HBO ‘Westworld’ Turns Dreams Into Nightmares With New Trailer
Paramount to the appeal of HBO’s new Westworld TV series is that the Bad Robot-backed drama will explore the 1973 film concept from the point of view of its android attractions, rather than attendees of the park. As such, the latest trailer for the October premiere feels appropriately dreamlike and spooky, as the world of Westworld falls apart, piece, by piece.
HBO released another new trailer for the delayed (and likely to be renewed) series, this time concentrating on Evan Rachel Wood’s Dolores Abernathy. We also see a bit more of the Man in Black (who isn’t what he seems), and the nightmarish behind-the-scenes of the complex.
For an added bit of fun, the trailer appeared as one of many easter eggs hidden on the Westworld resort website. Try “violentdelights” as your employee login.
The new series features among its cast Anthony Hopkins, Evan Rachel Wood, Ed Harris, X-Men star James Marsden, The Hunger Games and Boardwalk Empire star Jeffrey Wright, Thandie Newton, Raising Hope lead Shannon Woodward, 300 star Rodrigo Santoro, Angela Sarafyan, Simon Quarterman, Sidse Babett Knudsen, Ingrid Bolsø Berdal, Ben Barnes, Jimmi Simpson, Lili Simmons and Clifton Collins, Jr.
HBO’s press release also offered new character details:
Among WESTWORLD’s main players are: Dr. Robert Ford (Anthony Hopkins), the brilliant, taciturn and complicated creative director, chief programmer and founder of Westworld, who has an uncompromising creative vision for the park. The Man in Black (Ed Harris) is the distillation of pure villainy into one man. Dolores Abernathy (Evan Rachel Wood) is a provincial, beautiful and kind rancher’s daughter, who begins to discover that her entire idyllic existence is an elaborately constructed lie.
Teddy Flood (James Marsden), a new arrival to a small frontier town, quickly proves both his charm and talent with a revolver. Beautiful, razor-sharp madam Maeve Millay (Thandie Newton) has a genius for reading people and a knack for survival, but her seen-it-all-before worldview is about to be challenged. Bernard Lowe (Jeffrey Wright) is the brilliant and quixotic head of the park’s Programming Division, whose keen observation of human nature provides him with boundless inspiration for his life’s work: creating artificial people.
Charlotte Hale (Tessa Thompson) is a mysterious and savvy provocateur with a unique perspective on Westworld. Theresa Cullen (Sidse Babett Knudsen), Westworld’s head of Quality Assurance, is responsible for keeping the park from sliding into unscripted chaos. A first-time visitor, William (Jimmi Simpson) is initially wary of the park’s more lascivious attractions, but slowly uncovers a deeper meaning.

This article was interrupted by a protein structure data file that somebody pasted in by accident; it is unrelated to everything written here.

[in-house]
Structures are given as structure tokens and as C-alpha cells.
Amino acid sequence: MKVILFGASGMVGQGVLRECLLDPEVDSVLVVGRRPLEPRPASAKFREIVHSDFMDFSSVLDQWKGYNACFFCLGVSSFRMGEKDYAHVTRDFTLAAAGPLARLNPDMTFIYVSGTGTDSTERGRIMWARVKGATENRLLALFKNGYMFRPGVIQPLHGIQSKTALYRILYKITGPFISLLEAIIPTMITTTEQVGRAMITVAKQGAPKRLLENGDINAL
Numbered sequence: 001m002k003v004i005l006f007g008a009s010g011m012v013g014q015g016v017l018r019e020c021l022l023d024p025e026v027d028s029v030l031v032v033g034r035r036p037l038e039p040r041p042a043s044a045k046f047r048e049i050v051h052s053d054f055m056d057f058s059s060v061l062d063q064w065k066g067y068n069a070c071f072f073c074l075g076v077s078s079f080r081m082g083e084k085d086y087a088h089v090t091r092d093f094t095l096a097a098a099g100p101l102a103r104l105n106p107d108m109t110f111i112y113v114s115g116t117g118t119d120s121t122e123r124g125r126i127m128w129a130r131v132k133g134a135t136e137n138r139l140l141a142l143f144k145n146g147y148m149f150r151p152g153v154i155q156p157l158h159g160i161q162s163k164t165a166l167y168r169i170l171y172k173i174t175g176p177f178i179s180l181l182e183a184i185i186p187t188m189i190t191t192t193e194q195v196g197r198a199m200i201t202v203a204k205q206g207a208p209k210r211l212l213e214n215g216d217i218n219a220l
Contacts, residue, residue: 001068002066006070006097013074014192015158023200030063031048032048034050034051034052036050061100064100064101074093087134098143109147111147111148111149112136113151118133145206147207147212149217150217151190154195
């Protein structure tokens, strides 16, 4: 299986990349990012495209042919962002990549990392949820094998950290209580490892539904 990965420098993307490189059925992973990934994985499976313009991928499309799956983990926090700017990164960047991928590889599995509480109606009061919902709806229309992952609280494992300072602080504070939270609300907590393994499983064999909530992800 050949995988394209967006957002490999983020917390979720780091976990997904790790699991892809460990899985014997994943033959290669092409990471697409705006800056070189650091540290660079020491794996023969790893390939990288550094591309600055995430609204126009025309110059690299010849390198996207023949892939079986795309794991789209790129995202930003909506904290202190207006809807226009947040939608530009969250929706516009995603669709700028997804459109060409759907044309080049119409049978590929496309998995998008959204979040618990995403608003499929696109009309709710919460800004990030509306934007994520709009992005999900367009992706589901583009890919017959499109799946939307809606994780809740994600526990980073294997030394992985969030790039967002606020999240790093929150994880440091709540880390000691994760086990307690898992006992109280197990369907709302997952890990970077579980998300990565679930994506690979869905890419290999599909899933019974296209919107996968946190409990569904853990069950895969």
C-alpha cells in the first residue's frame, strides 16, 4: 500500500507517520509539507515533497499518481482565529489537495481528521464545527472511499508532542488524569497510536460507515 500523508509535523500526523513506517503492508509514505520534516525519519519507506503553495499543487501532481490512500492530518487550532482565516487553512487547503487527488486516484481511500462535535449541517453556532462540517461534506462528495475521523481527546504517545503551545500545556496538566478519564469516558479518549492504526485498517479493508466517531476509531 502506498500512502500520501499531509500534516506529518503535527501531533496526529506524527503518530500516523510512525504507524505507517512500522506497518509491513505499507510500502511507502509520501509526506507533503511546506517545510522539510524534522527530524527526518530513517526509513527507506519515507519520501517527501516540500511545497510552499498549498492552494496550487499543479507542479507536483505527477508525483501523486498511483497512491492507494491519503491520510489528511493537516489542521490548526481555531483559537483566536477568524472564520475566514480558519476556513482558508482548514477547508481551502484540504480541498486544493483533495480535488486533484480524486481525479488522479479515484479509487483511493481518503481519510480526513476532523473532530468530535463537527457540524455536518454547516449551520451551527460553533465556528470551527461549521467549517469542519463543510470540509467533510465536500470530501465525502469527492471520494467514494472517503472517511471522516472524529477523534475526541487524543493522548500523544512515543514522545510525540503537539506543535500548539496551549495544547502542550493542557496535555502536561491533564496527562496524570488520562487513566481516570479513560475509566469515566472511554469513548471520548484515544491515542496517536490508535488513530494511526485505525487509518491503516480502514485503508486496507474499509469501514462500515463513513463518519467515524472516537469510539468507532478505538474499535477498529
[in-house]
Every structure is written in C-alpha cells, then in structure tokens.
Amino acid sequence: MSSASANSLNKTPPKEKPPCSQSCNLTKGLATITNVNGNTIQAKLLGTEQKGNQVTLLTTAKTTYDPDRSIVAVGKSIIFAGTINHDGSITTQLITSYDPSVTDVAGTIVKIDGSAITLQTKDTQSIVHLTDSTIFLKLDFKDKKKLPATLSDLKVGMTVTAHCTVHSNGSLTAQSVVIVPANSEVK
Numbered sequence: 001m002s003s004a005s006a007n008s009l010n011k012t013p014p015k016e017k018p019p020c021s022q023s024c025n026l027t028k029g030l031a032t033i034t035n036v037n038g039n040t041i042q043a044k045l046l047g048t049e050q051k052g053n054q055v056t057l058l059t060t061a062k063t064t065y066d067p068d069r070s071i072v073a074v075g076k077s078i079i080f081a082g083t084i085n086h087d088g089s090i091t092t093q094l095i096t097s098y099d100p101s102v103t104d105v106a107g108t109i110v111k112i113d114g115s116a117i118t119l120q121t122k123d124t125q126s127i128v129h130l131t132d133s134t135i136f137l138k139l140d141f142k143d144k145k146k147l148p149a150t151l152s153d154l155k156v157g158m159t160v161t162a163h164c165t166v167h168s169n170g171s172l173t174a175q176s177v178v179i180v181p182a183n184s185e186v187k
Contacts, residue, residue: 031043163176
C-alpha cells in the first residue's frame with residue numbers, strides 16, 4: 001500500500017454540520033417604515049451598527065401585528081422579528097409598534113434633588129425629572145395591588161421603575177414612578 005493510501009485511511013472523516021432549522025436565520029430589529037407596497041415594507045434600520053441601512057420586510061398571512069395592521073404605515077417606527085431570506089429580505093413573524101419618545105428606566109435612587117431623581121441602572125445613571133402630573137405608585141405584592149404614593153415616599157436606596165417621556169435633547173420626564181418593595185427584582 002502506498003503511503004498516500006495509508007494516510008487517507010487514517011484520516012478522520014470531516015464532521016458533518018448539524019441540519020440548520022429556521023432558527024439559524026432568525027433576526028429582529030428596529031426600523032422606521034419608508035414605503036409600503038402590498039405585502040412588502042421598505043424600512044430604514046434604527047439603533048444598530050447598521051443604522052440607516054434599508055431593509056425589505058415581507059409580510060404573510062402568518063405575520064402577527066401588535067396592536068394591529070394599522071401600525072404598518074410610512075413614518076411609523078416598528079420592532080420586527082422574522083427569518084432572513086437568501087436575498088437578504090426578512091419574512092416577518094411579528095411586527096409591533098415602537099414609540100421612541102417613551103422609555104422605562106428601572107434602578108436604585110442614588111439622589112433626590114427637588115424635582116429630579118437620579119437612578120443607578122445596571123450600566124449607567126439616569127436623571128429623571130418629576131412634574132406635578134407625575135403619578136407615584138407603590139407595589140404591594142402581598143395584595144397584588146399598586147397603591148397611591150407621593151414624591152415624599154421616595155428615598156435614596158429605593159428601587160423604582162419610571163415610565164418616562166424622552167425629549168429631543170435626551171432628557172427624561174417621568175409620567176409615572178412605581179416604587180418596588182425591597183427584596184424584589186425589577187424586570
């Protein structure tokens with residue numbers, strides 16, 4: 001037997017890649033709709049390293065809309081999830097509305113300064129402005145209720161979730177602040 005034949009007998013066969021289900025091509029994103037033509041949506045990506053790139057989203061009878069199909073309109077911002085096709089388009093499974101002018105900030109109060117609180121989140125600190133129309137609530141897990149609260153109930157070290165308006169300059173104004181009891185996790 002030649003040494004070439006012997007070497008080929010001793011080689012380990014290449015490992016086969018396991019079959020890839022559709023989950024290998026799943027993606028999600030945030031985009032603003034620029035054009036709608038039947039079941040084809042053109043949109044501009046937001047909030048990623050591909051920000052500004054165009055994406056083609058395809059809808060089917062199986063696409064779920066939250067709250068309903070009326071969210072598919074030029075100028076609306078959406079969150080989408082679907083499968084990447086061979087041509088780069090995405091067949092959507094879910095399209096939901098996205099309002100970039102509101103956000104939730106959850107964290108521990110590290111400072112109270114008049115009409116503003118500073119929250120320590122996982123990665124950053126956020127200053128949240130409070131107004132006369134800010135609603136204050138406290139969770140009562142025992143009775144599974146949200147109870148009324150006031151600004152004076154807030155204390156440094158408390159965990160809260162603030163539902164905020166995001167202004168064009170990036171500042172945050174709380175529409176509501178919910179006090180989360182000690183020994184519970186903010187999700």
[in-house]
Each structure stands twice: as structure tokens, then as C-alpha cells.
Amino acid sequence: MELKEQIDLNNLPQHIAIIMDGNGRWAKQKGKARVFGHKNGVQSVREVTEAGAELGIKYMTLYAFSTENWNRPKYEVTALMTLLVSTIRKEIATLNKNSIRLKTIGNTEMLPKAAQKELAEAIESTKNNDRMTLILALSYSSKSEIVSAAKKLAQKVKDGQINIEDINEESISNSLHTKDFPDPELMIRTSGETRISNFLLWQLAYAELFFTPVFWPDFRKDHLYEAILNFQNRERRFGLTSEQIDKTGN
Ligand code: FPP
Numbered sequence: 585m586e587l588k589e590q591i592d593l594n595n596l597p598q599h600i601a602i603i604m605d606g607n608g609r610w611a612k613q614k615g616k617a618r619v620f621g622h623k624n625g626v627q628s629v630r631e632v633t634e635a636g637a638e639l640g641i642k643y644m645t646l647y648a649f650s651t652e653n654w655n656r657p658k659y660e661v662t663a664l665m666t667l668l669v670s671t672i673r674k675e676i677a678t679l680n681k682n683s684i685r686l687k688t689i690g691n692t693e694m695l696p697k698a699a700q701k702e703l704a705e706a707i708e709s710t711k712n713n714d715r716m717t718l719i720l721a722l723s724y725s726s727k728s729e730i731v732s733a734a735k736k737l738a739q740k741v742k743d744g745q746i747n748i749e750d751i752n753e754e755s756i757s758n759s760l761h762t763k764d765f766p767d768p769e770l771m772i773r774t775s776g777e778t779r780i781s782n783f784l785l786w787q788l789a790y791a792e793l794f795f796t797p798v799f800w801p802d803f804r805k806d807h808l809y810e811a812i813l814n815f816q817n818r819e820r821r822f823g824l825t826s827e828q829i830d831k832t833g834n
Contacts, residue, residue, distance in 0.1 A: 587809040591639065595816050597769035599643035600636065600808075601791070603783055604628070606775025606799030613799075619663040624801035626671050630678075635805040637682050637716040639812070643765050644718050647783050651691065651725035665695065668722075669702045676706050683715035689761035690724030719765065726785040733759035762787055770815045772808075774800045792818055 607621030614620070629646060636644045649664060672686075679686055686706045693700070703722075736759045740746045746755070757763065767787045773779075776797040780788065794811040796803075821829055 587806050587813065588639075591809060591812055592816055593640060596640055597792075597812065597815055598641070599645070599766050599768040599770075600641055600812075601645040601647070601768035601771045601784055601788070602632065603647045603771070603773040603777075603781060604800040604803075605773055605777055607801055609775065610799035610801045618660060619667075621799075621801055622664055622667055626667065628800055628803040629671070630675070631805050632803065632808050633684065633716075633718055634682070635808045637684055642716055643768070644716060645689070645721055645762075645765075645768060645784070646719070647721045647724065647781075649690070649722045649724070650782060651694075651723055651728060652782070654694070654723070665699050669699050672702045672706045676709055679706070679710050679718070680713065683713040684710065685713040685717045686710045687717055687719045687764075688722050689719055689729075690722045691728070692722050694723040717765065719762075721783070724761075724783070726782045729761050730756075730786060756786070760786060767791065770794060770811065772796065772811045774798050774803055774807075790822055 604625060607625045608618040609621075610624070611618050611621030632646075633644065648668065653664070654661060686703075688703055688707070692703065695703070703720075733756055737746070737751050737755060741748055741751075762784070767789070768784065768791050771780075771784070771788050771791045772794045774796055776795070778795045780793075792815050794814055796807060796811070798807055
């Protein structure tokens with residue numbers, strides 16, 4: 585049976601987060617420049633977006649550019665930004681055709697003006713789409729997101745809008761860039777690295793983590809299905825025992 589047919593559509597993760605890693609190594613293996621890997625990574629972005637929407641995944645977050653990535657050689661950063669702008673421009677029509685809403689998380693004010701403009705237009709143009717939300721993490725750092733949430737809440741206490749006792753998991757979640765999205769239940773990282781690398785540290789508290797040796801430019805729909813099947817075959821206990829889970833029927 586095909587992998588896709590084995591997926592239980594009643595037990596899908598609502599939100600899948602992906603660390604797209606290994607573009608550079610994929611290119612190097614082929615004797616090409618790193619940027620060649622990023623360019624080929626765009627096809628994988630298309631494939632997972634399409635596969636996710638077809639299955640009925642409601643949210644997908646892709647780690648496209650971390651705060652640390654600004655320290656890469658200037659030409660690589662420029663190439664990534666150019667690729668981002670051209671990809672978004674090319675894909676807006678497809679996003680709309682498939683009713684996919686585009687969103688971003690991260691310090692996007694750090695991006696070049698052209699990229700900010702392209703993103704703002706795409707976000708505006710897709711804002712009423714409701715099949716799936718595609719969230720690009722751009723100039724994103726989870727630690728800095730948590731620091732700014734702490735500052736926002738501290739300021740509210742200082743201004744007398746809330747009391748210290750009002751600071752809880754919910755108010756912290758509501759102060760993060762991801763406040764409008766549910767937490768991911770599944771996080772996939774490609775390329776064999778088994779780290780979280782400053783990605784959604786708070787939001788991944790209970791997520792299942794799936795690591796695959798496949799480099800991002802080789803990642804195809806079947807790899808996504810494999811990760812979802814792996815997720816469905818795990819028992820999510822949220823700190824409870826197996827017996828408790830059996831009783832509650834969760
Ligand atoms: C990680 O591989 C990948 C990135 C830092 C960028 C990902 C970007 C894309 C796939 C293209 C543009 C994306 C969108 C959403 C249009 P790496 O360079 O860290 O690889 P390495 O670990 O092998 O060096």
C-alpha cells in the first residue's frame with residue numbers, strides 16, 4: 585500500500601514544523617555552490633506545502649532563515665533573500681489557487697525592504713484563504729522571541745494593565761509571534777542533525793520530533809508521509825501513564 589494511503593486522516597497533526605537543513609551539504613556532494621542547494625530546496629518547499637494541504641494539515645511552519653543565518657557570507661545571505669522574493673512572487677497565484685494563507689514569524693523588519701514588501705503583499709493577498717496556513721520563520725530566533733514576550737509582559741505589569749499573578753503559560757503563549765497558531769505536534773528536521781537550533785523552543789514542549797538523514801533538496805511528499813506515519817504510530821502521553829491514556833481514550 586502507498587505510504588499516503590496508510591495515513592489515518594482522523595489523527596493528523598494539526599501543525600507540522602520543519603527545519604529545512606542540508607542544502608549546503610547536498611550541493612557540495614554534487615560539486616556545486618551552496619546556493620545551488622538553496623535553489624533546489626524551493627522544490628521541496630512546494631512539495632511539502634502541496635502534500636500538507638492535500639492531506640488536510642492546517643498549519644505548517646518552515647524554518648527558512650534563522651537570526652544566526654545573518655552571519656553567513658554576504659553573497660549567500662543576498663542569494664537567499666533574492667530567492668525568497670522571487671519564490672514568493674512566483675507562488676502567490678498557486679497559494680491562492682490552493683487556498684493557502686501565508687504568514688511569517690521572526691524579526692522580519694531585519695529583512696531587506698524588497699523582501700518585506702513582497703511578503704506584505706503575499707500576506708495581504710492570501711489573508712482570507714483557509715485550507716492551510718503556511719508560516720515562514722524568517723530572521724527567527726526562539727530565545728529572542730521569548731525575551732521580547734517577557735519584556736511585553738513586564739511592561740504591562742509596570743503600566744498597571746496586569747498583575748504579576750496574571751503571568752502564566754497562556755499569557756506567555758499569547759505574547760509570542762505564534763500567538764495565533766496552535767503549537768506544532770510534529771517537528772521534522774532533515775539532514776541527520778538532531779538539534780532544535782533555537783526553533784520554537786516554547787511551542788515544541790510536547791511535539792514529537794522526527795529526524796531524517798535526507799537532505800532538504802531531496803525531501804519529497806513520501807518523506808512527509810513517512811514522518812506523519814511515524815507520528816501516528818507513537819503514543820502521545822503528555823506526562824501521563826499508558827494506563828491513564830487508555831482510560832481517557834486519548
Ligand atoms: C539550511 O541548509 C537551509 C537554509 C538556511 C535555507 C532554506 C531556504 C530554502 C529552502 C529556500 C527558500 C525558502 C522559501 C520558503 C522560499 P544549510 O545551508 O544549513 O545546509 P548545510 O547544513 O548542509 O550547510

Hector Escaton (Rodrigo Santoro), Westworld’s perennial “most wanted” bandit, subscribes to the theory that the West is a wild place, and the only way to survive is to embrace the role of predator. Elsie Hughes (Shannon Woodward), a sardonic rising star in the Behavior Department, is charged with diagnosing the odd quirks of behavior in the park’s hosts. Armistice (Ingrid Bolsø Berdal) is a savage fighter and brutal bandit, whose ruthlessness is surpassed only by her abiding loyalty to her fellow outlaws.
Logan (Ben Barnes) is a veteran guest whose hedonistic romp through the park is equally motivated by self-indulgence and a desire to help his friend, William. Lee Sizemore (Simon Quarterman) is the head of Narrative, whose storylines tantalize the guests, while his temperament grates on his colleagues. Clementine Pennyfeather (Angela Sarafyan), one of Westworld’s most popular attractions, is perfectly beguiling, by design.
Stubbs (Luke Hemsworth) is the no-nonsense head of Security, charged with monitoring host and human interactions and ensuring the safety of the guests. Lawrence (Clifton Collins, Jr.), a charming but lethal outlaw, has a knack for maneuvering and negotiating the various criminal elements of Westworld.
For those unfamiliar with the original 1973 Yul Brynner-James Brolin film, Westworld told the story of a future resort wherein guests pay to live out time period fantasies brought to life by sophisticated human-like androids, before the robots began malfunctioning and killing the resort’s crew. The film spawned the sequel Futureworld, and eventually the short-lived ‘80s TV series Beyond Westworld.
Check out the trailer again below, while we wait for the October 2 premiere.